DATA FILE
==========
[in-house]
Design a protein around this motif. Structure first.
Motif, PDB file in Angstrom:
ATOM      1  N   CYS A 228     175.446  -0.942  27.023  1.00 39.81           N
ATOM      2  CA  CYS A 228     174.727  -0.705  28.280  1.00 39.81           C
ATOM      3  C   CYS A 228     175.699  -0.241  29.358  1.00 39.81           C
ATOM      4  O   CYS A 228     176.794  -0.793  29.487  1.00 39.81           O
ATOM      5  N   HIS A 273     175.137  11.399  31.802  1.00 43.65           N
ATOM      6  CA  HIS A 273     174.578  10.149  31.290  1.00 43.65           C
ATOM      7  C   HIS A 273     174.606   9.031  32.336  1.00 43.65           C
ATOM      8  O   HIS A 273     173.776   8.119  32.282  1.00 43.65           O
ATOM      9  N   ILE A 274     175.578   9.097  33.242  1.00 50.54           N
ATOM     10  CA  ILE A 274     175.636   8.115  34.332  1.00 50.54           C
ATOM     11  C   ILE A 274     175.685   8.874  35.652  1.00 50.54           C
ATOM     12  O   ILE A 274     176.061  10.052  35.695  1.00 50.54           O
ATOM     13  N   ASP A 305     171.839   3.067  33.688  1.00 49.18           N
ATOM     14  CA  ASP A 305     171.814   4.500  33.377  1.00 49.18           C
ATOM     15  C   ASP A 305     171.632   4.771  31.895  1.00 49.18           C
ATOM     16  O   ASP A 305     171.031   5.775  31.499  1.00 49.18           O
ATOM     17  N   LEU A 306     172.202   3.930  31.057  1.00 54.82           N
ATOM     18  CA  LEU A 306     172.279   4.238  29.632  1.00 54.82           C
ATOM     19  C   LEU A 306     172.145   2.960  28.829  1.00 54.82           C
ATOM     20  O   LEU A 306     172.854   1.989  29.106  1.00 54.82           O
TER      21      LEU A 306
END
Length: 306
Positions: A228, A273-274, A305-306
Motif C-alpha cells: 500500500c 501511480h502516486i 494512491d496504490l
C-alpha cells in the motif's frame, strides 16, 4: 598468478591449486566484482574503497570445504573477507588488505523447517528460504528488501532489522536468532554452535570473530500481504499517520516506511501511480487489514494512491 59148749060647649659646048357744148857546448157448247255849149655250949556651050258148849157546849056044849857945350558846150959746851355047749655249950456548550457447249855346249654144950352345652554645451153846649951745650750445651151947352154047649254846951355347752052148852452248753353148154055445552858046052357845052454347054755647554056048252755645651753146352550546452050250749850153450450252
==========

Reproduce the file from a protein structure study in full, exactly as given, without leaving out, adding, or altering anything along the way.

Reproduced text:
[in-house]
Design a protein around this motif. Structure first.
Motif, PDB file in Angstrom:
ATOM      1  N   CYS A 228     175.446  -0.942  27.023  1.00 39.81           N
ATOM      2  CA  CYS A 228     174.727  -0.705  28.280  1.00 39.81           C
ATOM      3  C   CYS A 228     175.699  -0.241  29.358  1.00 39.81           C
ATOM      4  O   CYS A 228     176.794  -0.793  29.487  1.00 39.81           O
ATOM      5  N   HIS A 273     175.137  11.399  31.802  1.00 43.65           N
ATOM      6  CA  HIS A 273     174.578  10.149  31.290  1.00 43.65           C
ATOM      7  C   HIS A 273     174.606   9.031  32.336  1.00 43.65           C
ATOM      8  O   HIS A 273     173.776   8.119  32.282  1.00 43.65           O
ATOM      9  N   ILE A 274     175.578   9.097  33.242  1.00 50.54           N
ATOM     10  CA  ILE A 274     175.636   8.115  34.332  1.00 50.54           C
ATOM     11  C   ILE A 274     175.685   8.874  35.652  1.00 50.54           C
ATOM     12  O   ILE A 274     176.061  10.052  35.695  1.00 50.54           O
ATOM     13  N   ASP A 305     171.839   3.067  33.688  1.00 49.18           N
ATOM     14  CA  ASP A 305     171.814   4.500  33.377  1.00 49.18           C
ATOM     15  C   ASP A 305     171.632   4.771  31.895  1.00 49.18           C
ATOM     16  O   ASP A 305     171.031   5.775  31.499  1.00 49.18           O
ATOM     17  N   LEU A 306     172.202   3.930  31.057  1.00 54.82           N
ATOM     18  CA  LEU A 306     172.279   4.238  29.632  1.00 54.82           C
ATOM     19  C   LEU A 306     172.145   2.960  28.829  1.00 54.82           C
ATOM     20  O   LEU A 306     172.854   1.989  29.106  1.00 54.82           O
TER      21      LEU A 306
END
Length: 306
Positions: A228, A273-274, A305-306
Motif C-alpha cells: 500500500c 501511480h502516486i 494512491d496504490l
C-alpha cells in the motif's frame, strides 16, 4: 598468478591449486566484482574503497570445504573477507588488505523447517528460504528488501532489522536468532554452535570473530500481504499517520516506511501511480487489514494512491 59148749060647649659646048357744148857546448157448247255849149655250949556651050258148849157546849056044849857945350558846150959746851355047749655249950456548550457447249855346249654144950352345652554645451153846649951745650750445651151947352154047649254846951355347752052148852452248753353148154055445552858046052357845052454347054755647554056048252755645651753146352550546452050250749850153450450252